The love story between Saliba and Arna flourished against the background of the difficult relationships between Arabs and Jews. From 1948 until 1967, Arab citizens of Israel lived under a military administration that controlled their villages and cities and limited their freedom of movement; Arabs were also involved in struggles against the government’s confiscation of their lands. Saliba and Arna combined their personal and political lives, attempting to apply their universalist ideas and values to their everyday lives. They fully believed that their family could serve as a model for the creation of a democratic, secular and egalitarian society. They gave each of their children names with universal meanings: Spartacus, Juliano, and Abir.
Juliano Mer-Khamis was born as the State of Israel celebrated its first decade. He grew up in Haifa, known then as “Red Haifa, the workers’ city.” Haifa in those days was strongly secular, composed largely of blue collar, working people who made their livings in the port and nearby factories.
That same year., the Hebrew University dedicated its new campus in Jerusalem, the first supermarket was opened and the Habima Theater became the national theater. Israel was still a fledgling state, coping with economic crises and the mass immigration of Jews from Arab states and feverishly building its social institutions. It was a society with a high degree of commitment and patriotism, and most of its Jewish citizens identified almost totally with the state.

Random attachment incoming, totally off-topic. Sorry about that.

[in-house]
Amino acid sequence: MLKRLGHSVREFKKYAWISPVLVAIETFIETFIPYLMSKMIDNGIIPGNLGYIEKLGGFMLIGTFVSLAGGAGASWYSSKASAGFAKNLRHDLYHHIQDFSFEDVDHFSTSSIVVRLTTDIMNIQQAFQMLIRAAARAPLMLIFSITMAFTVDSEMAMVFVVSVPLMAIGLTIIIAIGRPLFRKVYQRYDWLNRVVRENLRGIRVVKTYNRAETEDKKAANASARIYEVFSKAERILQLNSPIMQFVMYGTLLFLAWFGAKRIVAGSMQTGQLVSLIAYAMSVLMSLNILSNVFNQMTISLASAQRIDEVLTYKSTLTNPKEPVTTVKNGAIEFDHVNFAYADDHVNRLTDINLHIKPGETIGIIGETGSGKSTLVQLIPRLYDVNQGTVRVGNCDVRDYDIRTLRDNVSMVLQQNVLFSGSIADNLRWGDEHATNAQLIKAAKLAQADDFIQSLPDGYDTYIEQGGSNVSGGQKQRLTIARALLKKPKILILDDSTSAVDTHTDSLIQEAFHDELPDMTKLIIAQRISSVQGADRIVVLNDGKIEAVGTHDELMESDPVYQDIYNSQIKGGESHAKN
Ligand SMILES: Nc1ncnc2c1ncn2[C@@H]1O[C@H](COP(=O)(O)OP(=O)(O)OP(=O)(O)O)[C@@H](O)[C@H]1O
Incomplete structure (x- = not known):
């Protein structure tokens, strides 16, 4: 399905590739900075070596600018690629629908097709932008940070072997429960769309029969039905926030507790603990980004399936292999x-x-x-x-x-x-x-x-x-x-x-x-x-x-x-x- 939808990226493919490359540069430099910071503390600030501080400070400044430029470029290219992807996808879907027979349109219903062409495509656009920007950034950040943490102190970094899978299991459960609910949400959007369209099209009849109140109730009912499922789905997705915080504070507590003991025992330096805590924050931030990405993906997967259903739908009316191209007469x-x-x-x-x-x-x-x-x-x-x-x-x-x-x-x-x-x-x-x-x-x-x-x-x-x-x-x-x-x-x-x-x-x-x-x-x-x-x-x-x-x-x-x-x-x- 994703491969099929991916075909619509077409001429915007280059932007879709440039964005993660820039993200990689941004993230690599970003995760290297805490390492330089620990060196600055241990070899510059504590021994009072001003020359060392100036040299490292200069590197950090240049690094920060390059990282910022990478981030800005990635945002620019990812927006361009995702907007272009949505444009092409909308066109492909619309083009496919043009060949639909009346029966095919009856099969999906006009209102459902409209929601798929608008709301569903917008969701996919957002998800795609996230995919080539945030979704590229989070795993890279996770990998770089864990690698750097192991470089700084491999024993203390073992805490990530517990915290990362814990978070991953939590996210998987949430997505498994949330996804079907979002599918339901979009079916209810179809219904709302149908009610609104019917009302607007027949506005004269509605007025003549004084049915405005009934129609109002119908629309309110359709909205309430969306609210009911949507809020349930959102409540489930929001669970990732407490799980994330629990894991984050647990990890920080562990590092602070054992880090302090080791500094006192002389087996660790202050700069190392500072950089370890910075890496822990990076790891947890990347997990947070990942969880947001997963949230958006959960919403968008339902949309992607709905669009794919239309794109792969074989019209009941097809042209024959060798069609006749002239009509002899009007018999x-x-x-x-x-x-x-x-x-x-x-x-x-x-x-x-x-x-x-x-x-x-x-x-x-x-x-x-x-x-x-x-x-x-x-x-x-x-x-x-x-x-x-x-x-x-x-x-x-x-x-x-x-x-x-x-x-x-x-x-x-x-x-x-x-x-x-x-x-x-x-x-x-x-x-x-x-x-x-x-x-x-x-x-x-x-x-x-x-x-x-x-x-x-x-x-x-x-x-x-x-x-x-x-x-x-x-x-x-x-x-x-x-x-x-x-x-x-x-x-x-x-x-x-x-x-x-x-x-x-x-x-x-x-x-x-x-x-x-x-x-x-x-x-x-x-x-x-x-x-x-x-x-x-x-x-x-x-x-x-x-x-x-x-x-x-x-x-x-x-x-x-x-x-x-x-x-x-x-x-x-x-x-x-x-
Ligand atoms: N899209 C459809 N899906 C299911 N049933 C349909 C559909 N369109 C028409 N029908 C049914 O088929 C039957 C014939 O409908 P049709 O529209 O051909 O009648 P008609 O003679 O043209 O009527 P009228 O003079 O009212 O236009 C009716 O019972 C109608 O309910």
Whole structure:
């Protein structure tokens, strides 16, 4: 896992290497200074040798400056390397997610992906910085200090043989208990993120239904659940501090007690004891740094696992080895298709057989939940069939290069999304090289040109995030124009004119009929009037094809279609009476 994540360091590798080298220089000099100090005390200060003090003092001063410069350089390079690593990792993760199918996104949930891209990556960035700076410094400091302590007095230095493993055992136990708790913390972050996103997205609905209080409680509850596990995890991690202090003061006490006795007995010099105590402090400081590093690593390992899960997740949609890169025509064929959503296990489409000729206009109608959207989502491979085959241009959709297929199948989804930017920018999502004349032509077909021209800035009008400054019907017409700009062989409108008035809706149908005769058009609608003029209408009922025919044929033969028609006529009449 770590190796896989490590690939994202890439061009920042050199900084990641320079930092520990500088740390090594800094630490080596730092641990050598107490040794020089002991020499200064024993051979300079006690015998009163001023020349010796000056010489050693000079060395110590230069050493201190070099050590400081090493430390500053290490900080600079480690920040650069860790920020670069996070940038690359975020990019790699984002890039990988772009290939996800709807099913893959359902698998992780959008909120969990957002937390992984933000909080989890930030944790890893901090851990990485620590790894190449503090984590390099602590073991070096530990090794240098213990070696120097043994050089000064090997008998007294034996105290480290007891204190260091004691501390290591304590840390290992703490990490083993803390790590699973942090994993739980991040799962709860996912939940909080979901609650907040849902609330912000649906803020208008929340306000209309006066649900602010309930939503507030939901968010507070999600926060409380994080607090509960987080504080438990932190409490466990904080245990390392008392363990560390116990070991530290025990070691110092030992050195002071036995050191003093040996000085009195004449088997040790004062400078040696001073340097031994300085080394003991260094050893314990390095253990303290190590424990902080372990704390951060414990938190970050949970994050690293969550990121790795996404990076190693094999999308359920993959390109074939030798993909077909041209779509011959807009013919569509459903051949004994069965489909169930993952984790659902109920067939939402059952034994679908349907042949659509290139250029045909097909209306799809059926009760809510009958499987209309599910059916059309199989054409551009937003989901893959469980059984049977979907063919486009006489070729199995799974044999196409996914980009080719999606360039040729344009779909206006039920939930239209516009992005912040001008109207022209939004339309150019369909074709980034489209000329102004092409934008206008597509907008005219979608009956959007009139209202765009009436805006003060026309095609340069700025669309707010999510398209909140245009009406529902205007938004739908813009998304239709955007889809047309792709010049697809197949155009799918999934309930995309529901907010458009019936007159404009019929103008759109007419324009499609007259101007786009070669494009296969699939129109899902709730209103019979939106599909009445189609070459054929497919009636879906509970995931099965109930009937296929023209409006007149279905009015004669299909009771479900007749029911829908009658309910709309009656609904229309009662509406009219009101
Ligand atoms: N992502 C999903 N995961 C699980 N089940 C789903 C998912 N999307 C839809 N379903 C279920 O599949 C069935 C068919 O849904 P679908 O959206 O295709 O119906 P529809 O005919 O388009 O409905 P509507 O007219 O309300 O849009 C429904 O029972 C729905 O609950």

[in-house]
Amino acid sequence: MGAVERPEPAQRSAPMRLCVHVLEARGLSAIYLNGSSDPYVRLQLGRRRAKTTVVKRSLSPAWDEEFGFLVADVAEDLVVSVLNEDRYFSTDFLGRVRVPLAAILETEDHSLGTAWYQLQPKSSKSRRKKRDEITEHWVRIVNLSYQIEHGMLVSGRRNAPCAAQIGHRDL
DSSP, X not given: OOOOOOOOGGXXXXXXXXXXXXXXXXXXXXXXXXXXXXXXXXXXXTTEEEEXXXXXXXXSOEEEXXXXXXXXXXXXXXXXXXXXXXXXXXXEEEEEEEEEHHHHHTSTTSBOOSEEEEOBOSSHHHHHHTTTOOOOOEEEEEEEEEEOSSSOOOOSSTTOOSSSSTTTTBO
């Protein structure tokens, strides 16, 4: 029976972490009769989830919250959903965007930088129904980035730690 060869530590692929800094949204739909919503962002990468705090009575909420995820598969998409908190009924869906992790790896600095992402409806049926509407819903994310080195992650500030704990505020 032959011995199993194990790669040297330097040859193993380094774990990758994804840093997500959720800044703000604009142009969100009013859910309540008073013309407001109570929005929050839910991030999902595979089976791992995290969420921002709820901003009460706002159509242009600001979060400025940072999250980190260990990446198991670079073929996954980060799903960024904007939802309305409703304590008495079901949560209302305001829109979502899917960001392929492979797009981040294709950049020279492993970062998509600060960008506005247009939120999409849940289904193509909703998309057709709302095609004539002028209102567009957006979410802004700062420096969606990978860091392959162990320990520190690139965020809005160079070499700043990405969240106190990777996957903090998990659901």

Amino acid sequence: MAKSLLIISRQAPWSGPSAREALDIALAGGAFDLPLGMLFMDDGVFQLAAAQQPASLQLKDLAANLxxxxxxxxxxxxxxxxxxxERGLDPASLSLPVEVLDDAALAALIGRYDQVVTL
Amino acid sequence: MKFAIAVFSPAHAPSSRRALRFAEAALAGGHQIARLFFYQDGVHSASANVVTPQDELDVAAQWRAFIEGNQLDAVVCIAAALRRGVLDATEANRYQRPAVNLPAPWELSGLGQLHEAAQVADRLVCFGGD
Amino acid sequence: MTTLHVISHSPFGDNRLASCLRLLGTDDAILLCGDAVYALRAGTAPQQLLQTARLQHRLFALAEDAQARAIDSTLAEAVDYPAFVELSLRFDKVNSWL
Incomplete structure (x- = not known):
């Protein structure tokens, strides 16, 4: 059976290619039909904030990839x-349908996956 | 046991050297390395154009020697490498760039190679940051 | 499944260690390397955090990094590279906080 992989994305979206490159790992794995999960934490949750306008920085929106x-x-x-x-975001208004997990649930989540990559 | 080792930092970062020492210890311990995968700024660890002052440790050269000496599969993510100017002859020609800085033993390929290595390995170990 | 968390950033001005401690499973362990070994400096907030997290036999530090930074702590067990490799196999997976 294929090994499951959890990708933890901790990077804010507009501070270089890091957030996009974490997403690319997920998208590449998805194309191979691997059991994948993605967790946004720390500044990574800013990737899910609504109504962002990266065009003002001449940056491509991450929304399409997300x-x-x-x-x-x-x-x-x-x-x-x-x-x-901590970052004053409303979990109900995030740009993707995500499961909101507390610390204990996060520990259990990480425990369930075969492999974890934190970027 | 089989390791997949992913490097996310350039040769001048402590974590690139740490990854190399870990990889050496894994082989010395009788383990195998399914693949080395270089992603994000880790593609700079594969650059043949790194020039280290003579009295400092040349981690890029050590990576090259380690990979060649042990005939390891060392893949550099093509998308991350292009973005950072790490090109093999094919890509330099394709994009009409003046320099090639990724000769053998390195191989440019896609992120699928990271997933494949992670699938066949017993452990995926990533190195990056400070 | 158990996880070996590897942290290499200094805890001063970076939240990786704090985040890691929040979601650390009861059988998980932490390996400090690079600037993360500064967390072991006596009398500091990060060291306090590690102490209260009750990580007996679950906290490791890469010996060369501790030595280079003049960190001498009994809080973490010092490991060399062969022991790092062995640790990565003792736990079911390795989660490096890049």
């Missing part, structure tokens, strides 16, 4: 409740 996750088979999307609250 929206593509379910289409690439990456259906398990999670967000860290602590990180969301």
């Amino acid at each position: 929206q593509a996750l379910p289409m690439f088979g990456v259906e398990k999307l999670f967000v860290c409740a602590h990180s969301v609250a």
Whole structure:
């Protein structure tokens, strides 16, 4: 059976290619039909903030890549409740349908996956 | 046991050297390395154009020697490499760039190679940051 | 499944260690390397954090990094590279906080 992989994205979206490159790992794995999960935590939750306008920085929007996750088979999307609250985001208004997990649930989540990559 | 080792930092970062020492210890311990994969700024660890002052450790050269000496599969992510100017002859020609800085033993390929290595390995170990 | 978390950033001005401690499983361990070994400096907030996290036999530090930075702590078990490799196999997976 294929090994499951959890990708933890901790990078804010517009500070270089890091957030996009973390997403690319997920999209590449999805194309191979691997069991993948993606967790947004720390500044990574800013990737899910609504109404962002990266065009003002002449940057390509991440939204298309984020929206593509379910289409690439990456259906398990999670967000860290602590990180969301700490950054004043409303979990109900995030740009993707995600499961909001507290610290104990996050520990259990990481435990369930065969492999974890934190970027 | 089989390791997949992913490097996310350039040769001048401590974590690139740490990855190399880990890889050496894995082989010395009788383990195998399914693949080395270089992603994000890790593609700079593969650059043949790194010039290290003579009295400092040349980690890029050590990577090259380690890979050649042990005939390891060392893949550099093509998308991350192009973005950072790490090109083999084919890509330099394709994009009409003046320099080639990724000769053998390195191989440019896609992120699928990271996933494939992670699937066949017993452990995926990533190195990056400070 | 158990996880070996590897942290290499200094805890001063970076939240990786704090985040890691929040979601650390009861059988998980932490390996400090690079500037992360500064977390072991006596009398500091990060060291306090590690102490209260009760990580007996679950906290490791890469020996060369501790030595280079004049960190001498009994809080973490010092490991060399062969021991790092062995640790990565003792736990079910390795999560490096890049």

But Mer-Khamis’s own identity was unclear. When he reached the age of 18, he chose to enlist in the IDF, an important stepping stone into mainstream Israeli-Jewish society, and he volunteered for the elite paratroopers’ unit. By the early 1980s, Mer-Khamis had already become an actor. He moved to Tel Aviv, studied in the Beit Zvi drama school and took his first steps in theater and cinema. His first movie wasn’t an Israeli film; American director George Roy Hill cast him in “The Little Drummer Girl,” based on the book by John Le Carre, which deals with the Israeli-Palestinian conflict.
“Juliano was a total actor,” says director Amos Gitai, who began working with Mer-Khamis in 1985 and cast him in many of his films, often as a patriotic Israeli army officer. “He believed that cinema has to say something about reality, and not be merely an emotional or aesthetic experience… He was a precise, sharp actor. He didn’t need a lot of verbal direction, only to be given space for his interpretations. He made no compromises, not even with himself. He was one of those actors who would sacrifice himself in a role.”